The Omlet Blog

Want to Keep Chickens and Rabbits Together?

Are you thinking you might want to keep chickens and rabbits together? These two outdoor-loving pets actually share several similarities, and can live in harmony as long as their individual needs are met.  Chickens and rabbits have shared barnyards across the world for generations, so with a little preparation and planning, you’ll be able to keep both in your backyard. Discover how to keep these two species together, and what to expect along the way. 

Chickens walking out of the Eglu Cube

Chickens and rabbits together 

Both chickens and rabbits are very social animals that enjoy spending time with others of their own kind, their owners, and even each other. Chickens and rabbits require about the same amount of space, and their ideal temperatures and the amount of care they require is similar. One large area with dedicated spaces for their own food and lodging is ideal for keeping fur and feathers together. 

But there are a few things to think about if you’re considering keeping rabbits and chickens together – just putting them together in a chicken run or rabbit run without dedicated areas would be a mistake. We’ll share our top tips for how to help your flock and fluffle share a harmonious existence. 

Introduce them early 

You are more likely to succeed if you start introducing the animals to each other when they are young, so that they are raised together. But no matter which age they are, you’ll need to start by keeping them on different sides of a fence or a run so that they can get used to each other. Omlet’s partitions for the Outdoor Pet Run are perfect to create this separation. When they’re ready to spend time face-to-face, keep them in a very large enclosure, so that no one feels threatened by the other species. Make the enclosure gradually smaller, until they are all in the run where you are planning to keep them permanently. 

Watch for signs of trouble 

Your chickens might try to peck the rabbits while they are getting used to their fast movements. This doesn’t hurt a fully grown rabbit, and should pass after a few days. Never put a very young rabbit in with a flock of adult hens, as they are much more vulnerable. If your rabbit hasn’t been raised with the chickens from chicks, make sure your bunny is at least 4 or 5 months old before making introductions. If you notice tufts of fur being pulled out, or distress calls coming from your rabbit, remove them right away.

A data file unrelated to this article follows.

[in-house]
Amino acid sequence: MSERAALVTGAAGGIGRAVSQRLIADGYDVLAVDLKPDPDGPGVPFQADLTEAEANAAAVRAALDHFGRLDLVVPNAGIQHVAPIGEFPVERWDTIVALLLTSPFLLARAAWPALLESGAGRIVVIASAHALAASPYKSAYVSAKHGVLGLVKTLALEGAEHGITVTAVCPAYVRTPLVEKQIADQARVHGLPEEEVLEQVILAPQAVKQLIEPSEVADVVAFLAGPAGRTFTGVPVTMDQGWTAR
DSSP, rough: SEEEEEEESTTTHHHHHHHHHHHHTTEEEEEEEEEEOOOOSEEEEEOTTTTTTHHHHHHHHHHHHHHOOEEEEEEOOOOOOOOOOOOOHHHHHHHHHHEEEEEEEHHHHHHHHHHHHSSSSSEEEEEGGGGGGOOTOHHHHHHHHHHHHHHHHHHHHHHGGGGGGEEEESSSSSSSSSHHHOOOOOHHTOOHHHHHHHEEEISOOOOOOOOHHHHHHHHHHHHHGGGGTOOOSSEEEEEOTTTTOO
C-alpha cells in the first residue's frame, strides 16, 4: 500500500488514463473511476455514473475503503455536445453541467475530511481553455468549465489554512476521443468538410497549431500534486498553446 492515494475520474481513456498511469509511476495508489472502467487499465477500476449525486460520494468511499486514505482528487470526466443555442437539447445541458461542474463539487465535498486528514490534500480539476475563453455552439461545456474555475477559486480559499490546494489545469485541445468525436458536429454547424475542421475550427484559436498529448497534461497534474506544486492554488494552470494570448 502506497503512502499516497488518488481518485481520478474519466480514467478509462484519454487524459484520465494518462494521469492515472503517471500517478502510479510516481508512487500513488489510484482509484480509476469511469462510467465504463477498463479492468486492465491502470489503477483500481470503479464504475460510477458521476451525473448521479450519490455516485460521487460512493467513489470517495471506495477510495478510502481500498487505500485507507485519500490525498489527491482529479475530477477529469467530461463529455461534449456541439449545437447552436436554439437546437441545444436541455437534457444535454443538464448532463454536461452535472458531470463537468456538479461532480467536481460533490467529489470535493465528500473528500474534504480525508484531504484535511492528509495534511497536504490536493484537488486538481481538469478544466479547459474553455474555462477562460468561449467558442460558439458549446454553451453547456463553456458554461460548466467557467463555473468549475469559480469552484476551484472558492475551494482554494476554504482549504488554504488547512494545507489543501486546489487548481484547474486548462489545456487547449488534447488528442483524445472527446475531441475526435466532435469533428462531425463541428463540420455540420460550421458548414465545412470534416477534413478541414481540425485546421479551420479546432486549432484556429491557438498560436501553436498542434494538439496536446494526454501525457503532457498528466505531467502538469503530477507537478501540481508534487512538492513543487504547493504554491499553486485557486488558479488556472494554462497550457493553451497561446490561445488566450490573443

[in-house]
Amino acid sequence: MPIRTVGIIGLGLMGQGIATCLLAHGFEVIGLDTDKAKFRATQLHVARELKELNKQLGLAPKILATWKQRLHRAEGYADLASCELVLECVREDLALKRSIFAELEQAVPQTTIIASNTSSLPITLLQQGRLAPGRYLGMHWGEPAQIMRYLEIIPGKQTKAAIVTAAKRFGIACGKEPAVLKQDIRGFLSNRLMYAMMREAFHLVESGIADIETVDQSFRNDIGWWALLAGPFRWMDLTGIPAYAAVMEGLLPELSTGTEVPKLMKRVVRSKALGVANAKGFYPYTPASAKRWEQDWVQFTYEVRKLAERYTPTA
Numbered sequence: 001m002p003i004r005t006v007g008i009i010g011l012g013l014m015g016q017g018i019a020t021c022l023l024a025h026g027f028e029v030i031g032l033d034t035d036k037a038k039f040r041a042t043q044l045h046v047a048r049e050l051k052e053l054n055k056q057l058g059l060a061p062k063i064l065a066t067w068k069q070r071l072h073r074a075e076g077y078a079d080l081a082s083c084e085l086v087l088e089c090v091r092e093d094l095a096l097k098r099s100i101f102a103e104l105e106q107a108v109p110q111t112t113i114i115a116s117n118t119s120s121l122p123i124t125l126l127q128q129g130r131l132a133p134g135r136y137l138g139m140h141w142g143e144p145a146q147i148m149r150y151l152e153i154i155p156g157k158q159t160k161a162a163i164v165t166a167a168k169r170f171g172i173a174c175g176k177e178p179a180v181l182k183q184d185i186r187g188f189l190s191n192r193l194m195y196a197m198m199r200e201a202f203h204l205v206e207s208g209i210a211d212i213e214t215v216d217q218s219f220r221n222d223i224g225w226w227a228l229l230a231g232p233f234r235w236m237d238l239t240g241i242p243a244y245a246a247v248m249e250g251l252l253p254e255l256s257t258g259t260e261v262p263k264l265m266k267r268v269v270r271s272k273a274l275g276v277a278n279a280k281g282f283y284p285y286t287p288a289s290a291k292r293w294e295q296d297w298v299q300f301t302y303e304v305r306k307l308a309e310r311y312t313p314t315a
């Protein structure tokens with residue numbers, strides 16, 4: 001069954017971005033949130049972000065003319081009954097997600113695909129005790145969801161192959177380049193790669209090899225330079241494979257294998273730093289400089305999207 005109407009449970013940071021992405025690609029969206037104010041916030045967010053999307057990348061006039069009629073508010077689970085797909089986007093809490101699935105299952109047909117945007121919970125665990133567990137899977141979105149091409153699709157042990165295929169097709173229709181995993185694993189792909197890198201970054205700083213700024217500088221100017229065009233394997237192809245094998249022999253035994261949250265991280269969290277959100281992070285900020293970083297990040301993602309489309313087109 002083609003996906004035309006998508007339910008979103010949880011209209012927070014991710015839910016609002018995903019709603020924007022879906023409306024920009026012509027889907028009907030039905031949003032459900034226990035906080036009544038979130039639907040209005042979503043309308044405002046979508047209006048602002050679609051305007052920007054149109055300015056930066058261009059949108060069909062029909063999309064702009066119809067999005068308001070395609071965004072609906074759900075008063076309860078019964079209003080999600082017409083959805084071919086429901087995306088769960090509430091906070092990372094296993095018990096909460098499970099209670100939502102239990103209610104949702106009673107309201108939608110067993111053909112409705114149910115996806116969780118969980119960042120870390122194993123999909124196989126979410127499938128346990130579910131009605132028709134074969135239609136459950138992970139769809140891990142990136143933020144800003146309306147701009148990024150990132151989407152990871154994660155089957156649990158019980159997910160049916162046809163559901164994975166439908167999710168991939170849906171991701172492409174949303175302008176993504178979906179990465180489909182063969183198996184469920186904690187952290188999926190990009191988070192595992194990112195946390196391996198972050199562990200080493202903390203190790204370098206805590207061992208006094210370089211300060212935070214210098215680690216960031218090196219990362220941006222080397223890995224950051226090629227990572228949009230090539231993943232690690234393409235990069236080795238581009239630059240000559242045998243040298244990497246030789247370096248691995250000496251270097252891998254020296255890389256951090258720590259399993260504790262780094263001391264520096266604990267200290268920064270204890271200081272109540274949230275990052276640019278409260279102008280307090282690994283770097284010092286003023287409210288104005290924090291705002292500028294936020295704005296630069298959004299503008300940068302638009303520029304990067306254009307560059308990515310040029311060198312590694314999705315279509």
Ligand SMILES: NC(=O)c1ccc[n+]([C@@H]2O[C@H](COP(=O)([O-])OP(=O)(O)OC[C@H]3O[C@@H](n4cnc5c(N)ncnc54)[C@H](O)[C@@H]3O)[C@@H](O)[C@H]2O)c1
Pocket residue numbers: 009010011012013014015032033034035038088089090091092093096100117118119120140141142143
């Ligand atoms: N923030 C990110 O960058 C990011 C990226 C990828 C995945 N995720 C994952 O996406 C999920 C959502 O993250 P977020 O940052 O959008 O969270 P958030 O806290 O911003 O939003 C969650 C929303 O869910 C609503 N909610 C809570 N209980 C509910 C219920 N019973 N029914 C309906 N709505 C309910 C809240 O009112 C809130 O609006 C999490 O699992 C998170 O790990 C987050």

Different dwellings

Chickens and rabbits have very different sleeping habits. Chickens will roost overnight, while rabbits will seek shelter at ground level. Having their own sleeping quarters will also prevent chickens from depositing their droppings on unsuspecting rabbits during the night. Your chickens should have their own hen house, and bunnies should have a rabbit hutch to retire to at the end of the day, or when they’re overstimulated. 

Dietary requirements 

While chickens and rabbits can share fresh produce and certain treats, the bulk of their diet is very different. Chickens require layer feed, while rabbits need pellets that are lower in protein that are composed primarily of timothy hay. They’ll happily sample each other’s feed, but this can cause digestive upset. To prevent this, make sure your chicken feeders are out of reach of your rabbits, and that your rabbits are fed inside of their hutch, or in a separate area that they can access via Zippi Rabbit Tunnels, which are not accessible by most chickens. 

Rabbits are tidy

Rabbits are well known for their cleanliness. They strive to eliminate in the same place each time, and they will meticulously clean themselves with their tongues and paws. Chickens on the other hand don’t maintain a reputation of tidiness. They’ll drop their eliminations wherever they are at the moment – which will not impress your rabbits. Thankfully, Omlet’s chicken coops, chicken runs, and rabbit hutches are all easy to clean, so you can keep their shared space tidy with minimal time and effort spent. 

Make sure there’s room 

Having two species in one place might be space efficient on the whole, but make sure the run is big enough and equipped with toys and hiding places to entertain and calm your pets. The Caddi Treat Holder is a perfect food toy for both rabbits and chickens to share fresh produce, and Zippi Play Tunnels are a perfect small den for a tired bunny. 

Safety in numbers 

Since chickens are flock animals, and rabbits live in groups, they need the company of the same species. Always keep at least two rabbits together – even if they’re with your chickens. Rabbits groom each other, sleep together, and speak the same language, so it’s important to have a pair of bunnies. Neutered males, spayed females, or one of each are usually the most successful pairings. Male rabbits kept together should always be neutered to avoid territorial displays, including those made toward your chickens. Similarly, roosters in a flock of chickens will defend the hens, which may mean displays of aggression toward rabbits. When keeping chickens and rabbits together, avoid having a rooster in the mix. 

Omlet and your mixed flock

We’ve designed chicken coops and rabbit hutches to be not just practical and functional, but enjoyable. By combining your chickens and rabbits together in a shared space, you’ll be able to enjoy the company of each of them without sacrificing time with the other. In a large outdoor pet run, you can create the ultimate spot to spend time with your chickens and rabbits, and benefit from the interaction that different species have to offer each other – humans included. 

Rabbit in the run of the Eglu Go




This entry was posted in Chickens

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